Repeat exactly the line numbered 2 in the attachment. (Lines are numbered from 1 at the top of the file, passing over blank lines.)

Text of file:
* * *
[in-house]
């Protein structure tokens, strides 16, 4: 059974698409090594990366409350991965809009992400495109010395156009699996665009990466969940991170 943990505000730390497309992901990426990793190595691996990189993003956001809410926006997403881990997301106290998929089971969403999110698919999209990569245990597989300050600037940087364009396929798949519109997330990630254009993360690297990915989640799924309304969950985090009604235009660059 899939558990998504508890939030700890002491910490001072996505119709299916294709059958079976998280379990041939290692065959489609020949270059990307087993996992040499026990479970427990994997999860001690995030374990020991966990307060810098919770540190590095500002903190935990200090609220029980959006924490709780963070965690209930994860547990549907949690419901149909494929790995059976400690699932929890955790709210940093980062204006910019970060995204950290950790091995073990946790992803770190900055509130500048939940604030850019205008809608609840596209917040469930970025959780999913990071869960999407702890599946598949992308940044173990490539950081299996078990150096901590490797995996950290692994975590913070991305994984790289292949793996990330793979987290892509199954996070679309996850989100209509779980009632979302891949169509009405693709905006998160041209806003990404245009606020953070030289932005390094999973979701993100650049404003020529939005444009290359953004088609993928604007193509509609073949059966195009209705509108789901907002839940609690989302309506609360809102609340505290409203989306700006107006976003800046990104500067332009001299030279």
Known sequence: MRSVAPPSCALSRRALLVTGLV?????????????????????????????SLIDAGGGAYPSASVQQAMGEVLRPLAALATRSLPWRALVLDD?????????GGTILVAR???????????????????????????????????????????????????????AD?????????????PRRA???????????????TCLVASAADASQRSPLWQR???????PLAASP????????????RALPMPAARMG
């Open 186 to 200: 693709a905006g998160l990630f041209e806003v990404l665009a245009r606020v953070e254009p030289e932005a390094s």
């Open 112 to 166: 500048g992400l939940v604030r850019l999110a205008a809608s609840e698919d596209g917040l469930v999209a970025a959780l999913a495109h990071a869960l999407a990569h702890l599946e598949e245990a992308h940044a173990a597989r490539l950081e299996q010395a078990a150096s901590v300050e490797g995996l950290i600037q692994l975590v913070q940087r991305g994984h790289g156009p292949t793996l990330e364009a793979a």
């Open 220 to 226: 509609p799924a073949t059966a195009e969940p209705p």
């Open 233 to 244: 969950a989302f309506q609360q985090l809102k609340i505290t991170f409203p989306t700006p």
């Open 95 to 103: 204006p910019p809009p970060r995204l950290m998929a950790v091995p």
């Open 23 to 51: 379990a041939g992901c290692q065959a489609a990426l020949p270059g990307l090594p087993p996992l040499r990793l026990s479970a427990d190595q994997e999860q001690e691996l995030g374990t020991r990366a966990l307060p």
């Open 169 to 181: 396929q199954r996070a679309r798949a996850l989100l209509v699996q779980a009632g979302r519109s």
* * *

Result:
């Protein structure tokens, strides 16, 4: 059974698409090594990366409350991965809009992400495109010395156009699996665009990466969940991170 943990505000730390497309992901990426990793190595691996990189993003956001809410926006997403881990997301106290998929089971969403999110698919999209990569245990597989300050600037940087364009396929798949519109997330990630254009993360690297990915989640799924309304969950985090009604235009660059 899939558990998504508890939030700890002491910490001072996505119709299916294709059958079976998280379990041939290692065959489609020949270059990307087993996992040499026990479970427990994997999860001690995030374990020991966990307060810098919770540190590095500002903190935990200090609220029980959006924490709780963070965690209930994860547990549907949690419901149909494929790995059976400690699932929890955790709210940093980062204006910019970060995204950290950790091995073990946790992803770190900055509130500048939940604030850019205008809608609840596209917040469930970025959780999913990071869960999407702890599946598949992308940044173990490539950081299996078990150096901590490797995996950290692994975590913070991305994984790289292949793996990330793979987290892509199954996070679309996850989100209509779980009632979302891949169509009405693709905006998160041209806003990404245009606020953070030289932005390094999973979701993100650049404003020529939005444009290359953004088609993928604007193509509609073949059966195009209705509108789901907002839940609690989302309506609360809102609340505290409203989306700006107006976003800046990104500067332009001299030279």